exorbitant fees far in excess of the rates charged by licensed companies.2 Licensing information for check cashers may be verified by visiting the NMLS Consumer AccessSM website at www.nmlsconsumeraccess.org, or by calling the Division’s Consumer Assistance Unit at 617956-1501. Despite the noted concerns with unlicensed check cashers, licensed check cashers may be preferred by some consumers when monthly check cashing fees are minimal and services are infrequently used.3 Notwithstanding some of the benefits provided to some by this industry, including extended business hours and other services offered, such as money transmission and bill payment, consumers are encouraged to access financial education programs to fully consider the financial impact of relying solely on check cashers for basic check cashing transactions, particularly when more affordable options exist through a Basic Banking account or similar product at a Massachusetts state-chartered bank or credit union. A significant advantage of a Basic Checking Account is that it will foster the development of a banking relationship. This type of relationship is essential in that it can be used to lay the groundwork for establishing future credit relationships. This will assist in creating greater lending opportunities and increase the access to credit and other banking services to consumers throughout the Commonwealth. In addition to the advantages of the Basic Checking Account, Massachusetts law reflected in M.G.L. c. 167, section 46 requires banks doing business in the Commonwealth to cash government benefit checks, such as social security checks, without imposing a check cashing fee regardless of whether the recipient maintains a bank account at such bank. For more information on the Massachusetts Basic Banking program, go to the MCBC website at www.mcbc.info/basic_banking.



Massachusetts General Laws Chapter 169A, section 2 prohibits any person or entity from engaging in cashing checks, drafts or money orders for a consideration in excess of one dollar per item without first obtaining a license from the Commissioner of Banks. Further, section 13 of the law sets forth that anyone who cashes a check for more than $1.00 and who is not licensed by the Division may be punished by a fine of not more than five hundred dollars or by imprisonment for not more than six months, or both. To protect the citizens of the Commonwealth, the Division, often in conjunction with law enforcement agencies, takes action against individuals or entities found to be engaging in unlicensed check cashing activity. Anyone with information on unlicensed check cashers operating in the Commonwealth is encouraged to share that information with the Division’s Consumer Assistance Unit.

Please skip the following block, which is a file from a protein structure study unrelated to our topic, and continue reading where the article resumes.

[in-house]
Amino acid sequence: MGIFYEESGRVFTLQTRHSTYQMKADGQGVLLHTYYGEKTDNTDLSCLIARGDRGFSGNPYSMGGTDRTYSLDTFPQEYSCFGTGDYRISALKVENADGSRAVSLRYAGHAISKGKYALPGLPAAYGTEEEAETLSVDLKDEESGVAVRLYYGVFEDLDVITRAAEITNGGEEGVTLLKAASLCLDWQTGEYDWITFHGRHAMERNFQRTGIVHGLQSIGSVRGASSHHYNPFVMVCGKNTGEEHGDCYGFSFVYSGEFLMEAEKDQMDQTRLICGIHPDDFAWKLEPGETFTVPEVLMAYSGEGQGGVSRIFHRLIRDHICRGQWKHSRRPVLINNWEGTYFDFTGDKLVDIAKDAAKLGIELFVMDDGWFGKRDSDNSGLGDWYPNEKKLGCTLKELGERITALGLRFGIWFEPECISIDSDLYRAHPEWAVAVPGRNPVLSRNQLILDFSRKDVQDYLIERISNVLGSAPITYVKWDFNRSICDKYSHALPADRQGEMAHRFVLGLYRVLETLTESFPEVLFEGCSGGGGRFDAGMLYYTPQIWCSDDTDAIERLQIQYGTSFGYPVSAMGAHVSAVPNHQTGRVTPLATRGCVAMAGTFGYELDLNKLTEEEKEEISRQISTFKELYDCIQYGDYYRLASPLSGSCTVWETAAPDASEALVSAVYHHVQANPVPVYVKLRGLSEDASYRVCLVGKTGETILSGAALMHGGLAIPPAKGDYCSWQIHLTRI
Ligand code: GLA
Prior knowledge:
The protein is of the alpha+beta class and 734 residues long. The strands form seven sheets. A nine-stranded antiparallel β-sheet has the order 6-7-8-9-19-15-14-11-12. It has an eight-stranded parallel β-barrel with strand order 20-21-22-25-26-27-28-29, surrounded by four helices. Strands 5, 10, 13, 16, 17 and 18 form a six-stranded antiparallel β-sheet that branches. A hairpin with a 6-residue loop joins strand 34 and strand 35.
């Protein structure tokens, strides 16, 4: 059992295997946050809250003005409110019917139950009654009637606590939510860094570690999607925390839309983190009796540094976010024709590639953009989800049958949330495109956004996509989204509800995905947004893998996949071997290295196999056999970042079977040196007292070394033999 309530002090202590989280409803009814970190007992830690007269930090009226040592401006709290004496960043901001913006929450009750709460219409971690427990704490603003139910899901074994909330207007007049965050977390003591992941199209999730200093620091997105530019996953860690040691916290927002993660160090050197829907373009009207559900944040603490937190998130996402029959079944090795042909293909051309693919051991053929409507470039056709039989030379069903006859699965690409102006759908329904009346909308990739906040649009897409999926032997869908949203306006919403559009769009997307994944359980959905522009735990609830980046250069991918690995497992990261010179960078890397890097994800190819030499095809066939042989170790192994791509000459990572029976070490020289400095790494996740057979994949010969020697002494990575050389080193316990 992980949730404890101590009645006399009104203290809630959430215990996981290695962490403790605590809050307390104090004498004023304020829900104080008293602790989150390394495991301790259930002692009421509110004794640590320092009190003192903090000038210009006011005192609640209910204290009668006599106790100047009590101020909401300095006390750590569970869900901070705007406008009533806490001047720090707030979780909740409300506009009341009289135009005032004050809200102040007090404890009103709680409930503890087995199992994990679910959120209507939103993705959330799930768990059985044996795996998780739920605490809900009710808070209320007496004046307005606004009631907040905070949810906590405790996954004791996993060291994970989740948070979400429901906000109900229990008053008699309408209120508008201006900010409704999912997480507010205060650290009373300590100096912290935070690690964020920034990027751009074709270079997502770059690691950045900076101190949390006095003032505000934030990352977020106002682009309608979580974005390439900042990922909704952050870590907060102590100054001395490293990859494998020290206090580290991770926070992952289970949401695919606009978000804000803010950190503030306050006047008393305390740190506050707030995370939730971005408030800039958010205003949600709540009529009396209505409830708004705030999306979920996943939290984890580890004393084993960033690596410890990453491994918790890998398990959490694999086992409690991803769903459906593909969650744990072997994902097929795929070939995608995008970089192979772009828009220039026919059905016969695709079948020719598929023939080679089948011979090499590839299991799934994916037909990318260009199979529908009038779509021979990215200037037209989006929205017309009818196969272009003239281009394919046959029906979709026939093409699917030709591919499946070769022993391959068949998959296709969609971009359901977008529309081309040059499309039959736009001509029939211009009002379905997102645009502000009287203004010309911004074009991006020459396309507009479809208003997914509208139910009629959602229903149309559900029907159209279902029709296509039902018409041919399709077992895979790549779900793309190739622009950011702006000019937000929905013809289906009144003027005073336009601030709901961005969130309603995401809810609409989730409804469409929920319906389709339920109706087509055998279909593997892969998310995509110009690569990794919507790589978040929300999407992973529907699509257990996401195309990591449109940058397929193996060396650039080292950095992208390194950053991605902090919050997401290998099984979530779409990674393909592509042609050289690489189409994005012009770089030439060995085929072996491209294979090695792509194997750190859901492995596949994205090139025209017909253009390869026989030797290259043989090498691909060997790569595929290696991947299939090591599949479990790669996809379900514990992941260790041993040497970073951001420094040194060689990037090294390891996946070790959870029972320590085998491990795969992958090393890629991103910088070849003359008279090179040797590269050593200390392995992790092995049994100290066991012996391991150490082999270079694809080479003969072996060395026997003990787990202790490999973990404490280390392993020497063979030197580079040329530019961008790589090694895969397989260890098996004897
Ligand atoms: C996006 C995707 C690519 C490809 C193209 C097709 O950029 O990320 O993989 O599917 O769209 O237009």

Goodman, Michael, “The Need for Financial Education in New Bedford,” Communities & Banking 23, no. 2 (spring 2012): 27.


Appendix: Profile of the Division of Banks The Division’s mission is to ensure a sound, competitive, and accessible financial services environment throughout the Commonwealth which fosters public confidence, ensures that consumers have the information they need to make wise financial choices, and fosters the ability for financial institutions to compete on a level playing field. The Division’s 160 managers, examiners, and support staff are responsible for conducting financial safety and soundness, consumer compliance, community reinvestment act compliance, information technology, and trust examinations of the 213 Massachusetts state-chartered banks and credit unions. Accordingly, the Division plays a key role in maintaining depositor confidence in the local banking system and fostering a positive impact on the Commonwealth's economy. The Division is also charged with the licensing and examining of over 560 companies and 5,300 individuals engaged in mortgage lending and brokering; and the licensing and supervision of an additional 760 non-bank financial entities and over 2,500 agent/branch locations including check cashers, money transmitters, small loan companies, consumer finance companies, and debt collectors.